by Noah Louis-Ferdinand
In February of 2022, COVID feels a bit abstract. It’s certainly not gone: we all saw the huge spike that was Omicron. But in a relative sense it feels diminished.
What makes the difference? Well, we should talk about what actually happened last month.
As the year turned, COVID hospitalizations got as bad as they’ve ever been. We knew from huge spikes in other countries that this surge was coming, so Americans were urged to get vaccinated and boosted to keep the system working. And while a fair number of people did so, it wasn’t enough.
January came. Hospitals filled up. And…
And what? It’s not like most of us were severely affected by this spike. For most people, it happened in the background. But only because the brunt of COVID now falls on those in the healthcare system, which is often too much for them to handle. To learn more about the effects of the surge, I wrote to doctors from six different hospitals to get a sense of how they’re doing.
They were honest. “It’s just a grind,” said ER doc Seth Trueger, “we have a 9/11 of deaths every two days, and the burden on the healthcare system is still massive.” Since his making this comment, The U.S. has reached 3,000 deaths every day. Sabrina Vineberg, a pediatric hospitalist, felt unheard: “This was preventable, and we’ve been telling you what to do for over a year and yet you didn’t do it.”
These doctors are struggling behind the scenes. It’s tempting to think the problem is overblown, but the simple fact is that hospitals never get this full. The resulting strain is dangerous for patients, which other writers have covered extensively. What I would highlight is what the problem says about how we view hospitals.
We are asking the people in them to make a sacrifice. Medical professionals are employees, but when their burden goes way up, we’ve gone beyond a fair exchange. They’ve been telling us in plain language how hard working in a hospital is right now. American society would be crushed by the coronavirus if there weren’t an element of service here.
“Everyone I know in health care is dead tired,” says John Ross, a hospitalist at Brigham and Women’s. Still he notes: “I am always grateful for the opportunity to take care of patients, including unvaccinated ones.”
As kind as that is, no human being can run on intent alone. We have to give people the chance to feel like they’re doing their job well. Those I wrote to perceived a sense of defeat in their colleagues. Frank Han, a hospital cardiologist, noted the rampant “burnout, professional dissatisfaction, and resignations.”
We’ve heard this before, and perhaps one too many times. Because now we no longer seem as invested in the hospital situation, which is understandable if ironic. Healthcare workers have been fighting the virus for 680+ days. They ought to be the most worn out. Seth said he felt like “the light at the end of the tunnel isn’t getting any closer.”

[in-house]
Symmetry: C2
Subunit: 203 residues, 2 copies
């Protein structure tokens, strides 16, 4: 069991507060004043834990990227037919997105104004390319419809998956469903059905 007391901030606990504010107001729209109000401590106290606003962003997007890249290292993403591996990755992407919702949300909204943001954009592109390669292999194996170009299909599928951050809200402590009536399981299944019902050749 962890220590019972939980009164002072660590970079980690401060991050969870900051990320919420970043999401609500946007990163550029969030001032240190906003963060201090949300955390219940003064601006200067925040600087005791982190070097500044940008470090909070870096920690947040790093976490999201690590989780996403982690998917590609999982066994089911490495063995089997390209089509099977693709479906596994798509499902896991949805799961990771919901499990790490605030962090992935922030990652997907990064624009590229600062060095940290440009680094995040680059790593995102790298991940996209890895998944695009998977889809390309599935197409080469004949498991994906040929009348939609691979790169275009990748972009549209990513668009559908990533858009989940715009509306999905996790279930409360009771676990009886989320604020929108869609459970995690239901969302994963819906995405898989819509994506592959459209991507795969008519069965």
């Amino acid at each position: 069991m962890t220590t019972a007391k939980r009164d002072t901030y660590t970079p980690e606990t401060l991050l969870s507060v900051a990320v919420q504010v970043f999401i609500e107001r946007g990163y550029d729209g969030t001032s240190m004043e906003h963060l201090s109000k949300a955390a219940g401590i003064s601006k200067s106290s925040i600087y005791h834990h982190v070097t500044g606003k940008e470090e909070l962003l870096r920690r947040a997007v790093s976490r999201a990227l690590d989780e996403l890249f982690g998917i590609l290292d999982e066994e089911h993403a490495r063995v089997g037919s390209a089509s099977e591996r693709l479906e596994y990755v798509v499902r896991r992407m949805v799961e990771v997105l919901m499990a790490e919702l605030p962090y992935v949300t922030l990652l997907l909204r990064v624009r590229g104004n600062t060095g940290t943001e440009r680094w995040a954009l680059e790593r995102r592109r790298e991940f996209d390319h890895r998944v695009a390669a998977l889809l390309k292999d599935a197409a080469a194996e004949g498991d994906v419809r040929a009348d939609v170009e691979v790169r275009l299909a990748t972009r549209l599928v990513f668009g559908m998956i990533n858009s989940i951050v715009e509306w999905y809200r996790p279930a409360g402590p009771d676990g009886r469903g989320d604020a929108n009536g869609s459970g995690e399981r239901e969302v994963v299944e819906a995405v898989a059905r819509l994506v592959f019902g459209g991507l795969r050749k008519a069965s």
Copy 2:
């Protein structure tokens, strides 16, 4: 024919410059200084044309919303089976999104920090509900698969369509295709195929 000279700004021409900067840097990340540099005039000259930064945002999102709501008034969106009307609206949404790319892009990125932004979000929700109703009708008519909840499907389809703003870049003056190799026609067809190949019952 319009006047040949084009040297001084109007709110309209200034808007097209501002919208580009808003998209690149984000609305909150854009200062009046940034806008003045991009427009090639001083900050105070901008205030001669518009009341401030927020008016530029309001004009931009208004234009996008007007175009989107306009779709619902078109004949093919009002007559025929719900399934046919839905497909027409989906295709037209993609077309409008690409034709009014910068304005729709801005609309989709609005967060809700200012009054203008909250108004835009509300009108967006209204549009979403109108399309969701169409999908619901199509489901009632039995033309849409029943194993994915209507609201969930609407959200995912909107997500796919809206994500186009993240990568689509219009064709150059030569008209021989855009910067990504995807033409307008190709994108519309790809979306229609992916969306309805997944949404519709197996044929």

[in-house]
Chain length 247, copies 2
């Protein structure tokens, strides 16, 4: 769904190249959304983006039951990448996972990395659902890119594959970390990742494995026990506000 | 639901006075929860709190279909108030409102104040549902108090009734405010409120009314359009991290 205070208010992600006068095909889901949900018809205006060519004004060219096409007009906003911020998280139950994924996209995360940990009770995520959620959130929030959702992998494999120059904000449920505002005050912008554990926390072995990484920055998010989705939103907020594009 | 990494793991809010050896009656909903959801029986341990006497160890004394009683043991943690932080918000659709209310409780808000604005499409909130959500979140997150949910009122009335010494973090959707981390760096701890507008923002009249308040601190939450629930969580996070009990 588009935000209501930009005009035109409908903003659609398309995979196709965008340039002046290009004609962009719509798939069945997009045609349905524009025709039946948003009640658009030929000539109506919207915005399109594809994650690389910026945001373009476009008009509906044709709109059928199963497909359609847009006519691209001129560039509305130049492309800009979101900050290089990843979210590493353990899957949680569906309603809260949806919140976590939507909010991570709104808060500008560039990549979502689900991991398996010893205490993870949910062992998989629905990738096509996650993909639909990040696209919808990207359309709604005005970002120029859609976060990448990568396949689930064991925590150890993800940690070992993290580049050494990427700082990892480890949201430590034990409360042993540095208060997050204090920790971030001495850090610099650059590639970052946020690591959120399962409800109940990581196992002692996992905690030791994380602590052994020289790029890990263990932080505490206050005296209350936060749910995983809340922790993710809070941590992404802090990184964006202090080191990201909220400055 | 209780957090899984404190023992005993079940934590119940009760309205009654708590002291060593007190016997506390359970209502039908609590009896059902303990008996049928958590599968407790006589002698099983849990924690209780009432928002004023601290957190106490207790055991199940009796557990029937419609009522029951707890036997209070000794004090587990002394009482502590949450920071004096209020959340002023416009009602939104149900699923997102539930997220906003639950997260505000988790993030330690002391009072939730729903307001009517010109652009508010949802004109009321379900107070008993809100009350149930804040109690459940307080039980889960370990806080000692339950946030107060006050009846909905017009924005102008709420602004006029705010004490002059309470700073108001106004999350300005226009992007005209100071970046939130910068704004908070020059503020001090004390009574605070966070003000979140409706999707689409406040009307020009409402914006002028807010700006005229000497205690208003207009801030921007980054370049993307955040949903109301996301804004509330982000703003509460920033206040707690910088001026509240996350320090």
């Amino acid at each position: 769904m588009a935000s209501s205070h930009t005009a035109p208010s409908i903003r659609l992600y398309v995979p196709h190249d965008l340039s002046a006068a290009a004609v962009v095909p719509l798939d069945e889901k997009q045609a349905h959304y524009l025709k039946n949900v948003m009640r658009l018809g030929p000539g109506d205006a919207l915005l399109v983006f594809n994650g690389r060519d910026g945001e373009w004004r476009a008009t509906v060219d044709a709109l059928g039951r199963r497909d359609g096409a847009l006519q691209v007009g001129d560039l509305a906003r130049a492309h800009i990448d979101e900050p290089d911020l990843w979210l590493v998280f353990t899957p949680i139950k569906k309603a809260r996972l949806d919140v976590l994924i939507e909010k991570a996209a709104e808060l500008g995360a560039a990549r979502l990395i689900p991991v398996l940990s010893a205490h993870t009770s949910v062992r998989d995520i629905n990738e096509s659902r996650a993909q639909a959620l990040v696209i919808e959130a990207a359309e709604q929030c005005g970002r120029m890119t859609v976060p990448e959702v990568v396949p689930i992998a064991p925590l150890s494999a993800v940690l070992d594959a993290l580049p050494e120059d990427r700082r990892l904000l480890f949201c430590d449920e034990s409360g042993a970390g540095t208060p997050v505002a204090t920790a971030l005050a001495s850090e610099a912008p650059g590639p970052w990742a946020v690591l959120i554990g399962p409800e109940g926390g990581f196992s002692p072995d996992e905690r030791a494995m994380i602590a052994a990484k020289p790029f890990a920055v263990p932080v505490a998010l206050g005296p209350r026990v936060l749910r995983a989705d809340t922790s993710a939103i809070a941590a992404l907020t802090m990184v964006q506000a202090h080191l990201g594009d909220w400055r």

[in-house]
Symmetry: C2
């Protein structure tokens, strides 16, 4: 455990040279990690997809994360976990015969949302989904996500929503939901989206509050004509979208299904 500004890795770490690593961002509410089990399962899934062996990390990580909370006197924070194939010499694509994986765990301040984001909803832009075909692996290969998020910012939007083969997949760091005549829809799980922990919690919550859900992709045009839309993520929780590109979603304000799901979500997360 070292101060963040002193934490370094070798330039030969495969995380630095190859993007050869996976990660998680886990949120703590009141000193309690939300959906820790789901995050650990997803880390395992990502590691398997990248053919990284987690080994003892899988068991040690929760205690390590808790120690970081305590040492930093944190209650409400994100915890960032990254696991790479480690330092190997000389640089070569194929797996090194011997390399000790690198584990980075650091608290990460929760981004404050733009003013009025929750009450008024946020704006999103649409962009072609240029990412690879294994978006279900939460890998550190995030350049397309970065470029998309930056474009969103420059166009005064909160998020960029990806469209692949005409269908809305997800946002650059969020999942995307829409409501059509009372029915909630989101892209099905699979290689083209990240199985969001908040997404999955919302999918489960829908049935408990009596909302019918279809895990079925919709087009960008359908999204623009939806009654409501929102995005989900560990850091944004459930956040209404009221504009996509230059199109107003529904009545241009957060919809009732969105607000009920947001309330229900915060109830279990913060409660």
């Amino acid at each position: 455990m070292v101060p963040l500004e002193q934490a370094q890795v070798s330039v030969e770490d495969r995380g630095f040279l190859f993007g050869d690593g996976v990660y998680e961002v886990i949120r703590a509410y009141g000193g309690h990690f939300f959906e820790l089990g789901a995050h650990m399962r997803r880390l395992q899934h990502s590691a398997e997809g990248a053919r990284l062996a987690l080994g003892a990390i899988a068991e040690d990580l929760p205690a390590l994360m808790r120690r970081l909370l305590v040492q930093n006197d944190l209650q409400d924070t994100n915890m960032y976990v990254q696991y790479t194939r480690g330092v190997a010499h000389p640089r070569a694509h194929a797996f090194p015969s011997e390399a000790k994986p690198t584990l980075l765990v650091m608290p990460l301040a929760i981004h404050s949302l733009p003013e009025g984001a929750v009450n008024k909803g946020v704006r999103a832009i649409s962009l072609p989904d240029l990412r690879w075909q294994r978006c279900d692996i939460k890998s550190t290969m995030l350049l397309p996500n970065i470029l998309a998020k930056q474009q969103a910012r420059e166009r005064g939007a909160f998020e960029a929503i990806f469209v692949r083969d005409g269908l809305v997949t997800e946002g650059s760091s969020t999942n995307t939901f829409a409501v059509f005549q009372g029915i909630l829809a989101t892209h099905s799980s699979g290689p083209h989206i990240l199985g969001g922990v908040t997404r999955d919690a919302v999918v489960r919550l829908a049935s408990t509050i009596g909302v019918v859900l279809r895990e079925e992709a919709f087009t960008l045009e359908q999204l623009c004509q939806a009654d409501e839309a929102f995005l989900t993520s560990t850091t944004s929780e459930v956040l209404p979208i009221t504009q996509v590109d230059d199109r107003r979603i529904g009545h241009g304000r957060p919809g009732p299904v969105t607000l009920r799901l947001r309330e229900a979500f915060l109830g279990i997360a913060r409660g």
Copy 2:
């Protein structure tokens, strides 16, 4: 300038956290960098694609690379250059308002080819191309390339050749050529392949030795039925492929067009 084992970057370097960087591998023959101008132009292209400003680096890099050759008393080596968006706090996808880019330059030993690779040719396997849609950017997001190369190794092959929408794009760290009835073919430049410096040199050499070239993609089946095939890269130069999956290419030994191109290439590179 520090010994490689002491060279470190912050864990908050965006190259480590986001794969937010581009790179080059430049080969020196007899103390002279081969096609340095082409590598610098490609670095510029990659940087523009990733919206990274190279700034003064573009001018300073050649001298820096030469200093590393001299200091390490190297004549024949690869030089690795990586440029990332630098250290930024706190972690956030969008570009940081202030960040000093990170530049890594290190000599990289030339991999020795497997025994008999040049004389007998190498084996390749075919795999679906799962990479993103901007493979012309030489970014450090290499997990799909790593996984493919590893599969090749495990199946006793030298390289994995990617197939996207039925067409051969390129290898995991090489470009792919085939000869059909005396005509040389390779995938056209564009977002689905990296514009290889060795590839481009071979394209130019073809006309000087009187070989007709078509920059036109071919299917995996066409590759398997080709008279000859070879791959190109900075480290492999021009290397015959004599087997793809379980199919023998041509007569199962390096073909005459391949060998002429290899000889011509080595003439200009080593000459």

He was right when he said that in mid-January. At the same time, we as a society have moved out of the tunnel. And depending on how COVID affects us in the future, the divide will continue to be material. We shouldn’t leave hospitals like this.
Obviously, surges affect care. Strain on one part of the system limits others, as adolescent medicine physician Nicole Cifra put it: “None of us practices in complete isolation.” But more to the point, ours is a culture that tells itself that we value health professionals. Americans say being a doctor is the most prestigious career in society. We claim we would trust a nurse over just about anyone.
Of course, the honest measure of respect is how it is received. And a lot of healthcare workers feel like what they say and do has been devalued. “As a whole we’re pretty dedicated to medicine,” wrote Frank Han. “But when the patients who trust you to discuss cardiology with them do not trust your judgment on COVID…this can get intensely demoralizing.”
We know working under duress is itself bad for mental health. So in light of this fourth wave, we need to at least give healthcare workers our trust. The simple way to do that is to honor their most basic ask: get vaccinated.
If you still don’t feel great about it, I get that. I personally had no plans to get vaccinated until the nurses where I used to work talked me into it. But the more I get to know these people, the more I realize they need us to do our part so they can do their jobs. Trust is a two-way street.
I asked Wes Ely, an ICU doc, about our unwillingness to prevent COVID. If it was fair. “I don’t look at any one person and let it jade my care or love of that person. They all have their background reasons,” he replied. “I just try to meet them where they are.”
Let’s meet doctors where they are. Vaccinating is a small but essential act of reciprocity in a world where COVID is here to stay.
Noah Louis-Ferdinand is the Communications Coordinator at Voices for Vaccines.